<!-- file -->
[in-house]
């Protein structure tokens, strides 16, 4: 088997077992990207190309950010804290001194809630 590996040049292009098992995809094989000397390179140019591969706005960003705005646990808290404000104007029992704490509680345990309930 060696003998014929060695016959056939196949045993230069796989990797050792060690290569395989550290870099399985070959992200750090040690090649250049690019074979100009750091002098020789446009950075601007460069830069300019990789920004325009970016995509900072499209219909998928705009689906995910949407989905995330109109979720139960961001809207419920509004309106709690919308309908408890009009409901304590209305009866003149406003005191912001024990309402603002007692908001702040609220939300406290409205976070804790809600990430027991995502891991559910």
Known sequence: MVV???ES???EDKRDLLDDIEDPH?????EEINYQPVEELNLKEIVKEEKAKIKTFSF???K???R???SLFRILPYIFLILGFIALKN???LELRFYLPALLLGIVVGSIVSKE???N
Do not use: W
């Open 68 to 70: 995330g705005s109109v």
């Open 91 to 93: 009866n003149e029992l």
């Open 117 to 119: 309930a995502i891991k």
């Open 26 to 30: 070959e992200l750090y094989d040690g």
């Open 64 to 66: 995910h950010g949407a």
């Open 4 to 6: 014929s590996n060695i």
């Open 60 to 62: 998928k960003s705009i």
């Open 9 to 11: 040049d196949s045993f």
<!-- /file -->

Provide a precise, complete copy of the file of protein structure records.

[in-house]
């Protein structure tokens, strides 16, 4: 088997077992990207190309950010804290001194809630 590996040049292009098992995809094989000397390179140019591969706005960003705005646990808290404000104007029992704490509680345990309930 060696003998014929060695016959056939196949045993230069796989990797050792060690290569395989550290870099399985070959992200750090040690090649250049690019074979100009750091002098020789446009950075601007460069830069300019990789920004325009970016995509900072499209219909998928705009689906995910949407989905995330109109979720139960961001809207419920509004309106709690919308309908408890009009409901304590209305009866003149406003005191912001024990309402603002007692908001702040609220939300406290409205976070804790809600990430027991995502891991559910």
Known sequence: MVV???ES???EDKRDLLDDIEDPH?????EEINYQPVEELNLKEIVKEEKAKIKTFSF???K???R???SLFRILPYIFLILGFIALKN???LELRFYLPALLLGIVVGSIVSKE???N
Do not use: W
């Open 68 to 70: 995330g705005s109109v």
């Open 91 to 93: 009866n003149e029992l």
């Open 117 to 119: 309930a995502i891991k």
């Open 26 to 30: 070959e992200l750090y094989d040690g």
């Open 64 to 66: 995910h950010g949407a």
């Open 4 to 6: 014929s590996n060695i």
């Open 60 to 62: 998928k960003s705009i």
């Open 9 to 11: 040049d196949s045993f």